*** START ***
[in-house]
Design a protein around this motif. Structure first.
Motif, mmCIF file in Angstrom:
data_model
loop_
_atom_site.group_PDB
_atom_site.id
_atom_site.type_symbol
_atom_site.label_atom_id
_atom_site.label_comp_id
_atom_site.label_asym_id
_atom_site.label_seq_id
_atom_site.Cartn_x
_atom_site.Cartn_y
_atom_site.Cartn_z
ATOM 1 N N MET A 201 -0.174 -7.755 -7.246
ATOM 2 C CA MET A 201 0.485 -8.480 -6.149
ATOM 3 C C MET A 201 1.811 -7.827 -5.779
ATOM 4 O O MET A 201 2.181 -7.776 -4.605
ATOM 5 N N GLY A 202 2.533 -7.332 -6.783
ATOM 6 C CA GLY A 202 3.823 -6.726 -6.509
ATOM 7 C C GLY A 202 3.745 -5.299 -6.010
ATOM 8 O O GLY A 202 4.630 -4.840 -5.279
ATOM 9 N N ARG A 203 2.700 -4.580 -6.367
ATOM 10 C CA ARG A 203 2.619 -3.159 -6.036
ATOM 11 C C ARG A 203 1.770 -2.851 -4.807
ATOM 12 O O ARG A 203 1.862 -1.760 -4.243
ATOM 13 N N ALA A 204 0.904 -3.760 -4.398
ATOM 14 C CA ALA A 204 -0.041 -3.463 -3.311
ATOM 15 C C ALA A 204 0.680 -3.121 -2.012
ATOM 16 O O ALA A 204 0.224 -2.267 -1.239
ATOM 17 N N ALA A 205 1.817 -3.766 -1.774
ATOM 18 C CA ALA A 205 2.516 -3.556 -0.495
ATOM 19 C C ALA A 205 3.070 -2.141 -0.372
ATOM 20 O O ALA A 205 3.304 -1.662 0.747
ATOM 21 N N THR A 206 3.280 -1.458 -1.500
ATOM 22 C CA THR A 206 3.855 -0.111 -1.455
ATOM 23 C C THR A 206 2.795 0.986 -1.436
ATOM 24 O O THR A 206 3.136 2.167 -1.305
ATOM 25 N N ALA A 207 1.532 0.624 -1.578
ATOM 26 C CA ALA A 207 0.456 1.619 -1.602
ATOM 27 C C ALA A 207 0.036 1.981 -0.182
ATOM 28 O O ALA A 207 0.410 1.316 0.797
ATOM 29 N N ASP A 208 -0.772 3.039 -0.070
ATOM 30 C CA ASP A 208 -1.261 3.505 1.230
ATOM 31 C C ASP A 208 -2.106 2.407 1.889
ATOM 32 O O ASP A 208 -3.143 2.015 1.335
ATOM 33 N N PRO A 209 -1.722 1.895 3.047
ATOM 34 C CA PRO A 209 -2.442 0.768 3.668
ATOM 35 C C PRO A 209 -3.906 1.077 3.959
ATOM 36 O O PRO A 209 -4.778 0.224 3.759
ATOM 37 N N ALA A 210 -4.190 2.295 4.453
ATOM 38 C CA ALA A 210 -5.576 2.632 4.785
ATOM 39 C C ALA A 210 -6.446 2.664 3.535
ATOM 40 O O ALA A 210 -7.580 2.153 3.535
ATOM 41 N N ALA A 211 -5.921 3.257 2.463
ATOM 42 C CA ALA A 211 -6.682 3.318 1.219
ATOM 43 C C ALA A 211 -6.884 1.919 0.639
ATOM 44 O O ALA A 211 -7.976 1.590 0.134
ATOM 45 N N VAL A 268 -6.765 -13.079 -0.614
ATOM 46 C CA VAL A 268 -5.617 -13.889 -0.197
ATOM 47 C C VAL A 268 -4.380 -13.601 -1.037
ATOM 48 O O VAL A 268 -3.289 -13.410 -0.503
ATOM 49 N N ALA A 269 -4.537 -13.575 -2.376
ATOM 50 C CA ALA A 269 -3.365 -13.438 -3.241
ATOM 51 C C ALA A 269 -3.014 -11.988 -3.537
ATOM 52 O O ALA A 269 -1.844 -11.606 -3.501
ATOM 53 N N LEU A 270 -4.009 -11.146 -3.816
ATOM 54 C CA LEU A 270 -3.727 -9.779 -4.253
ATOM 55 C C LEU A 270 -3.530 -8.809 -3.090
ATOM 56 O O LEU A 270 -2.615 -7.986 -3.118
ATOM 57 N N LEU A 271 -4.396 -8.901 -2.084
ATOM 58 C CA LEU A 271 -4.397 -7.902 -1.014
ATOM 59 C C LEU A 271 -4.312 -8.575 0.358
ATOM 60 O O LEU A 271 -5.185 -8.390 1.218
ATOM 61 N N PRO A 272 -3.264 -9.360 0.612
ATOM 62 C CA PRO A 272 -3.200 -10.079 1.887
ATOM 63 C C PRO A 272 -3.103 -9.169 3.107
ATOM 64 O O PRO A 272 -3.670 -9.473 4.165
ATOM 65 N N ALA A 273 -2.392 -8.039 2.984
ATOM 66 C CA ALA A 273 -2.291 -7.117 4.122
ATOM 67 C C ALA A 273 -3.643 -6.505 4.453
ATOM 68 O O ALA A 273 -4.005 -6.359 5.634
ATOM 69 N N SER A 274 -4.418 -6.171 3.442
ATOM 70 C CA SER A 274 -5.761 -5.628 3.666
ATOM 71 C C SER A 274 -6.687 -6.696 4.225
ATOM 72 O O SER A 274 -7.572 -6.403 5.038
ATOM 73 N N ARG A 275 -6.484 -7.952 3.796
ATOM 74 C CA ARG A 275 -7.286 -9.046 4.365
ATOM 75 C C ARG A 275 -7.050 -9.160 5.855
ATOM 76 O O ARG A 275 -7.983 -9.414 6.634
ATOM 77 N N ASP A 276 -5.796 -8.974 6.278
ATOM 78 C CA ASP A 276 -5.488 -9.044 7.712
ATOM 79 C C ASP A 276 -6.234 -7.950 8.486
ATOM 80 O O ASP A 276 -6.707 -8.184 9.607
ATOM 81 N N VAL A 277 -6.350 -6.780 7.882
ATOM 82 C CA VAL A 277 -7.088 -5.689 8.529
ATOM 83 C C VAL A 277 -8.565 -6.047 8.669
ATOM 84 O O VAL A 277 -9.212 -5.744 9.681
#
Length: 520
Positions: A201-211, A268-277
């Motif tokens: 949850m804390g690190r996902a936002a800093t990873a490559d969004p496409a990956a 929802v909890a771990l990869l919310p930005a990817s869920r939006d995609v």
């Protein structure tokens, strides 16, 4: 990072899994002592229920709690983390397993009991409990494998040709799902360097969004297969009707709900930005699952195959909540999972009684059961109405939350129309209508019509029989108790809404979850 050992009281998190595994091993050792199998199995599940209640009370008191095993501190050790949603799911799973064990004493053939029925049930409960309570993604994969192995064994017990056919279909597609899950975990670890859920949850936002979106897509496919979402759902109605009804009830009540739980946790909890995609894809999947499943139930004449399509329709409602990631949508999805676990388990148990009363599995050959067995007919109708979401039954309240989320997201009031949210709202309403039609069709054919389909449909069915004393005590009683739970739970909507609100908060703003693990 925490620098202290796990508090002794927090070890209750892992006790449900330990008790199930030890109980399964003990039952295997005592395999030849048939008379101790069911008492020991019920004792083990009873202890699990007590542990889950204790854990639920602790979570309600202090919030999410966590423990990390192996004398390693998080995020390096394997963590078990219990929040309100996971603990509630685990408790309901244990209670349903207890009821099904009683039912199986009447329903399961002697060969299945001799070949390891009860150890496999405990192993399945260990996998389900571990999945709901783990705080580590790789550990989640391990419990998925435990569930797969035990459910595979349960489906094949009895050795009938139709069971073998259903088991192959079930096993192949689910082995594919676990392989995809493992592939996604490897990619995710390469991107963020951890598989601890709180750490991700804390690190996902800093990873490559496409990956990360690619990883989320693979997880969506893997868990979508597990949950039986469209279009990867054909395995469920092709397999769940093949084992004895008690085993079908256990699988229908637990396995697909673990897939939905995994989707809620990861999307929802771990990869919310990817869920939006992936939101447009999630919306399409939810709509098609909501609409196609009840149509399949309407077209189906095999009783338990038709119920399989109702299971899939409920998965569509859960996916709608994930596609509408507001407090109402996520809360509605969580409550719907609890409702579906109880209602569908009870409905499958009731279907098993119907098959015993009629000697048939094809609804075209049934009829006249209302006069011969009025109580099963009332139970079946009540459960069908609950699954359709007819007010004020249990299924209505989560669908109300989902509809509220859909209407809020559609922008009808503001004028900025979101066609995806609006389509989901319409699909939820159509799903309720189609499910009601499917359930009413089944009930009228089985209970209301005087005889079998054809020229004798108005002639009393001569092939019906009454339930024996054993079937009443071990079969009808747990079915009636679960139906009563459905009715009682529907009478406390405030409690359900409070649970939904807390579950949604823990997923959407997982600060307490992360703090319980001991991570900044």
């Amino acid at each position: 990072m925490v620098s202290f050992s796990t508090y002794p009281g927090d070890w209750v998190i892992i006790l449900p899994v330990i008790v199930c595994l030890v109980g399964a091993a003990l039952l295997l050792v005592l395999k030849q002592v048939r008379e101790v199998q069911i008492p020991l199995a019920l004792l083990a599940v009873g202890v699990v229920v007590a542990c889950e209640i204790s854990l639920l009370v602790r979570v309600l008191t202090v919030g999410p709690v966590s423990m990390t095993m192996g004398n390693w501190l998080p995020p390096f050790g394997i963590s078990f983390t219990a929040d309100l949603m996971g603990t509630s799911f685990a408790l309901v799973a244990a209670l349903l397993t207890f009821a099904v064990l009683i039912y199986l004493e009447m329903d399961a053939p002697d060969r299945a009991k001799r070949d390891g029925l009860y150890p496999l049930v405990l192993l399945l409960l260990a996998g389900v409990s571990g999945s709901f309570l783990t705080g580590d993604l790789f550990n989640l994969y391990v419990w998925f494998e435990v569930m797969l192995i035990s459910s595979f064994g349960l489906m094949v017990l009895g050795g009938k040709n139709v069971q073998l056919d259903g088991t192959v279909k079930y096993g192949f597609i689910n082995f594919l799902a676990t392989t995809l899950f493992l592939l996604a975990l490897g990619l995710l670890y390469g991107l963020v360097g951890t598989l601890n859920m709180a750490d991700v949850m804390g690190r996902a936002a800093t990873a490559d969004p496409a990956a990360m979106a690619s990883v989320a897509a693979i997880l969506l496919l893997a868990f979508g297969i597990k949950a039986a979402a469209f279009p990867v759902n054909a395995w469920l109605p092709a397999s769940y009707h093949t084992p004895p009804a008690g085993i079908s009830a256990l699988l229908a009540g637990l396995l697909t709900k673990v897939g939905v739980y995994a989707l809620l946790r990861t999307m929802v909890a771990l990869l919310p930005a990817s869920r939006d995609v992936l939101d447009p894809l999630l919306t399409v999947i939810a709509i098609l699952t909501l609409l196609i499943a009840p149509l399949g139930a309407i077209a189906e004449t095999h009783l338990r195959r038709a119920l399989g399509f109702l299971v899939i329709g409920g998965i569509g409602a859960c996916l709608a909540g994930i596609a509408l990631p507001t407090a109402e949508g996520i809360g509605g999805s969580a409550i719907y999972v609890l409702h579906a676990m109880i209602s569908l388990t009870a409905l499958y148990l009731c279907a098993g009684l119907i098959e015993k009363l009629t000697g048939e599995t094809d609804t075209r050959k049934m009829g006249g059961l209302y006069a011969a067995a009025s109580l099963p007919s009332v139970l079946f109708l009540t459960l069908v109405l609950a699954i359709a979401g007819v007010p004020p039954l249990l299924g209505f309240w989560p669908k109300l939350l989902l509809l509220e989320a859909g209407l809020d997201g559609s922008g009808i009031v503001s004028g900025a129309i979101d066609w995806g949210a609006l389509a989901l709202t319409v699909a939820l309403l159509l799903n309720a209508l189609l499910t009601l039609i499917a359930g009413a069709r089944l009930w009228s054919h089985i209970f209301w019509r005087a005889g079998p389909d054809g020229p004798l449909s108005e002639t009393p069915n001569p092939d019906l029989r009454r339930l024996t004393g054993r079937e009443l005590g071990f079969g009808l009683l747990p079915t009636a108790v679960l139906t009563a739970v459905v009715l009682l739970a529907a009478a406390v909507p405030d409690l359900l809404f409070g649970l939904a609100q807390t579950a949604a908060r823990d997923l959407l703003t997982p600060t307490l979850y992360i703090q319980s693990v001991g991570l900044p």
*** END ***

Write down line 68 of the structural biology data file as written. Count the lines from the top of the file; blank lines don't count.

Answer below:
ATOM 53 N N LEU A 270 -4.009 -11.146 -3.816